Lise, or more famously known as Ink & Lise, was 42 years old when she got into drawing letters. Today she is a lettering artist and gets to live out her dream as a full-time job.
Lise is convinced that you don’t have to be talented or have a great handwriting to become good at lettering, instead you get a long way with practice and inspiration. Take a look at Lise’s best advice on how to get started as a beginner, what her main sources of inspiration are, and also how to find energy during uninspired days.
This summer, Lise will explore new products and techniques, using a wide range of Winsor and Newton products that she has never tried before. Follow Lises journey on Instagram (@inkandlise) to challenge your own creativity. Getting out of your comfort zone is a fantastic way to evolve your creativity. So let's start by getting to know Lise a little better.
What made you start with lettering?
I found a brush pen in a box at home that I had gotten as a gift but didn’t know how to use. I googled and found out what pen it was, and really cool videos on how to use it. I was 42 back then and hadn't done anything creative in my life since I was about 12, not work related nor in my spare time. I got enchanted by the joy of creating and soon I understood that you don’t need to be talented, that it was all about practice. I trained my muscle memory while I was more and more fascinated by what you could do with letters.
Do you need to have nice handwriting to be good at lettering? Do you need to have nice handwriting to be good at lettering?
Nope. I had ugly handwriting and I still have; it’s still unreadable because I haven’t practised to change that. Drawing letters comes from another part of my brain.
Which tools can you not live without?
I use brush pens and fineliners every day. Promarker Watercolour has a great tip which I think many lettering enthusiasts haven’t discovered. I also really like to work with ink and watercolours. To see pigments being absorbed by the paper fibres never gets old!
How do you get new energy when you lack inspiration?
I work from home and have the privilege to adapt my workday after my needs. I spend a lot of time out in nature, by the beach or in the woods. I take at least one long walk per day. When I am outside my brain is filled with ideas and inspiration, and the body gets some much-needed exercise as well. I have organised my workday in a way that leaves time for me to rest which makes me more creative. My personal business idea is to work as little as possible, and that requires me to be quite disciplined and efficient when I do work.
How do you find inspiration for creating fonts?
Thankfully it’s super easy because our world is full of letters. Signs, logotypes, ads, and packaging – you can find infinite amounts of letterforms there. Or why not take a trip to your local library. Book covers are treasures!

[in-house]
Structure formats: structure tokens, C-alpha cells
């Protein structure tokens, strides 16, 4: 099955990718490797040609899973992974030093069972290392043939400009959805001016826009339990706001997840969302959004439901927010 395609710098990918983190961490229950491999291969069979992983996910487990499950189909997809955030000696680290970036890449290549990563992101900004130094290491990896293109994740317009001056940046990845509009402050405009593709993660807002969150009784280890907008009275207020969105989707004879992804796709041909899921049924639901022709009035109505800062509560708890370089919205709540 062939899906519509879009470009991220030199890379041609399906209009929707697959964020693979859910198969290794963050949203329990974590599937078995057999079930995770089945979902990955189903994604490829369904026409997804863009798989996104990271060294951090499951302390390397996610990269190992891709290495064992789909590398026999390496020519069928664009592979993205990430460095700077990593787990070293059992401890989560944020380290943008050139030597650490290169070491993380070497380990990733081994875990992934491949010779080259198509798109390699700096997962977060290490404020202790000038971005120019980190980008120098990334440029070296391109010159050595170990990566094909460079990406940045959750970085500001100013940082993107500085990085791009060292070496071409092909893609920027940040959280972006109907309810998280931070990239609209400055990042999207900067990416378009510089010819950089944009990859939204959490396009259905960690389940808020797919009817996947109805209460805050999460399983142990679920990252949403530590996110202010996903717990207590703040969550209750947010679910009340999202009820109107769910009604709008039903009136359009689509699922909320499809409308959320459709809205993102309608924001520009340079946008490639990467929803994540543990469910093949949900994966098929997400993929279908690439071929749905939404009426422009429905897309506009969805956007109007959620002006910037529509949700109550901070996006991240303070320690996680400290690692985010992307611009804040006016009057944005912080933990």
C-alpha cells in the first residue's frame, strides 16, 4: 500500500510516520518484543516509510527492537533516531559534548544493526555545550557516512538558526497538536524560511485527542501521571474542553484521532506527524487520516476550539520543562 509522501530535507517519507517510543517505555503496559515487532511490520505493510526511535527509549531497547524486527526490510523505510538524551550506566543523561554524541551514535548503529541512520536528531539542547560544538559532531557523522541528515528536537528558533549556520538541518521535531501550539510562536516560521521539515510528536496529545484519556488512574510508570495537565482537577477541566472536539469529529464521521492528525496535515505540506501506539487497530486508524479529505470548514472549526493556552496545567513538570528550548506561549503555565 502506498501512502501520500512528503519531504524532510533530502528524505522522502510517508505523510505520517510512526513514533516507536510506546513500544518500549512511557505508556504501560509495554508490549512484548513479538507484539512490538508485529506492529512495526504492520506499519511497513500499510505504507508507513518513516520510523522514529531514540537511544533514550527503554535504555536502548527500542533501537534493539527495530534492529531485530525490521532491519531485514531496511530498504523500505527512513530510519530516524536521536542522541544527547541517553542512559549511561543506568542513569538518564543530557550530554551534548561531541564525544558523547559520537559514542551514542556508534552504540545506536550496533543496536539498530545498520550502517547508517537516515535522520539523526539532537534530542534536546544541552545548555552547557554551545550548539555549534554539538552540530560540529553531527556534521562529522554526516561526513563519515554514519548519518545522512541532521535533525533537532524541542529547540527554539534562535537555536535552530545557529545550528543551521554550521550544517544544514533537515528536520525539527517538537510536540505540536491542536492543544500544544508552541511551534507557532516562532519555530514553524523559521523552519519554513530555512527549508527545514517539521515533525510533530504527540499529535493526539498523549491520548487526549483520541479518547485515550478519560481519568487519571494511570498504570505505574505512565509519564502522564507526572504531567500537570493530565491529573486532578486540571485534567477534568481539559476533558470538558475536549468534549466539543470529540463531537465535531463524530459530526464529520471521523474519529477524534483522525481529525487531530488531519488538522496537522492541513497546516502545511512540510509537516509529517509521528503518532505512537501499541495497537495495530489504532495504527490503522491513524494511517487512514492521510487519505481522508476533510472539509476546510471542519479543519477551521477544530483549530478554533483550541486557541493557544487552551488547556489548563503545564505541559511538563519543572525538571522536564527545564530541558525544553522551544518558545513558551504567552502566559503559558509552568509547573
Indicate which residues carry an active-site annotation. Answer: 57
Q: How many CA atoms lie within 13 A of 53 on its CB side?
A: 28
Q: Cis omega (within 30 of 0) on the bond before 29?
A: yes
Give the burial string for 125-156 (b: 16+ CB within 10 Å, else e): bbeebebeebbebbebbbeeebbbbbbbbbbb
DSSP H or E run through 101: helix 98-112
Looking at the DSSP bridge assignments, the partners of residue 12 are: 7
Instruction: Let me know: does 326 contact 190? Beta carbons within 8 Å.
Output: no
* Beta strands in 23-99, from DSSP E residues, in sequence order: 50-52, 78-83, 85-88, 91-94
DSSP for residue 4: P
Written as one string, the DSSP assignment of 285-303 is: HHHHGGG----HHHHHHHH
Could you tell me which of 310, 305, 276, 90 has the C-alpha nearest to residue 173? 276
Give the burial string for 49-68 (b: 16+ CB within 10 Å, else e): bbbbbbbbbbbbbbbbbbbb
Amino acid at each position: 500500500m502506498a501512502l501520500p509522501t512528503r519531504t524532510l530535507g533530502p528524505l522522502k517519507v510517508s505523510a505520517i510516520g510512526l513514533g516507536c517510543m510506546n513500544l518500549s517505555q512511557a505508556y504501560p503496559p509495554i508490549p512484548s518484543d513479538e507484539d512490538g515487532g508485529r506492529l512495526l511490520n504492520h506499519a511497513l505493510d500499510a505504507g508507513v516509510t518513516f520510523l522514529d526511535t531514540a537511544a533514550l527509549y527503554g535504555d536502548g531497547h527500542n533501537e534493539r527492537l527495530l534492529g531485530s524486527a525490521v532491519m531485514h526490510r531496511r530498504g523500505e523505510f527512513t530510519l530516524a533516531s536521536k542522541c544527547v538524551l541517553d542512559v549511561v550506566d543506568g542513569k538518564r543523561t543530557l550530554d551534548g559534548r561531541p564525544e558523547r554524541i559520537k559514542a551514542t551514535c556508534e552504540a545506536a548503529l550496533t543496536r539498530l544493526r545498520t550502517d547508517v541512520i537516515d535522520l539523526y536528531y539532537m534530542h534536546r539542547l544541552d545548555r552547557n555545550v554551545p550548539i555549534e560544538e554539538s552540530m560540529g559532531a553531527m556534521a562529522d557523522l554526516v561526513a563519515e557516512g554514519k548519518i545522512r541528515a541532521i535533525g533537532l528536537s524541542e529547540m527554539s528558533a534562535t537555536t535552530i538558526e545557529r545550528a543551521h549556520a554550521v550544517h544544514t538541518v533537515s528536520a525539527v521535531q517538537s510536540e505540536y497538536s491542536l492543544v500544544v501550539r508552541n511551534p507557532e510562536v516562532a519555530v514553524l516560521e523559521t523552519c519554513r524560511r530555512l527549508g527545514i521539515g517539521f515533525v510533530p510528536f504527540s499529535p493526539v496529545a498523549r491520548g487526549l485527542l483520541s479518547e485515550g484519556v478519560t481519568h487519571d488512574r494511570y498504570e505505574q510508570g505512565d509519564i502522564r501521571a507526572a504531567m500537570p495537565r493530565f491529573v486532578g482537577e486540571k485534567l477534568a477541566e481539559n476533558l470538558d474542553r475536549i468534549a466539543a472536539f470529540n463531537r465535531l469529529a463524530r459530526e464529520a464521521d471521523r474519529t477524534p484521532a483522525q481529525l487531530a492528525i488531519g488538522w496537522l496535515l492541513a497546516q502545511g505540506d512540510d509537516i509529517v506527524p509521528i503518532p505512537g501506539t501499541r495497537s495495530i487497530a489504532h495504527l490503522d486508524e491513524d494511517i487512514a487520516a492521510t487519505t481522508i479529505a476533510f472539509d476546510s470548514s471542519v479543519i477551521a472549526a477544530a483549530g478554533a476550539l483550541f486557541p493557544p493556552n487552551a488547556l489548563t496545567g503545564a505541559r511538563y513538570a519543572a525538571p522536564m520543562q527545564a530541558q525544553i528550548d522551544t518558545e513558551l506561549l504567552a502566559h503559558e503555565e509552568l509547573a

3 tips on how to get started as a beginner
- Know that you don’t have to be talented or a “creative person” to create cool letters. It’s all about repeating what you have learnt enough times, then it’s in your muscle memory. Like riding a bike, kind of.
- Of course there’s a lot of inspiration in social media, but you can easily get stuck by watching other people draw. Even though it’s fun, it won’t help your muscle memory. You will learn by doing! Find a tutorial or a practice sheet to start somewhere and ignore all thoughts that compare your work with others. It’s no use to compare your beginning to someone else’s middle or end.
- The focus can easily switch to materials, but don’t forget that nice letters don’t create themselves just because you have an expensive pen. You can write beautiful letters with a simple ballpoint pen on an envelope. To get started you can get a fineliner (felt-tip pen with a fine tip), a brush pen and a paper pad with smooth paper. When you have been doing lettering for a while you can start looking at watercolours as well, they are a lot of fun.
3 tips on how to master the artform
- First you must learn the basics. Take a course, get a practice sheet or tutorial, and learn an alphabet – and do what you have learnt repeatedly until you have fully mastered it. It’s easy to get stuck if you want to learn everything at once. Learn the basics and preferably draw often and a little at a time, rather than the opposite.
- Copy others. Don’t be afraid to be a copycat, to imitate others is a perfect way of learning and expanding your own capacity.
- Challenge yourself. Don’t get trapped in the comfort zone even if it’s comfortable and safe to write the same style that you always have. Eventually you will grow tired of it. You can try to learn a style that’s quite different from your own, or something entirely different. Graffiti, sign painting or painting abstract acrylic art. There are so many fun things to try, and you will learn things that you can use in your lettering as well, I promise.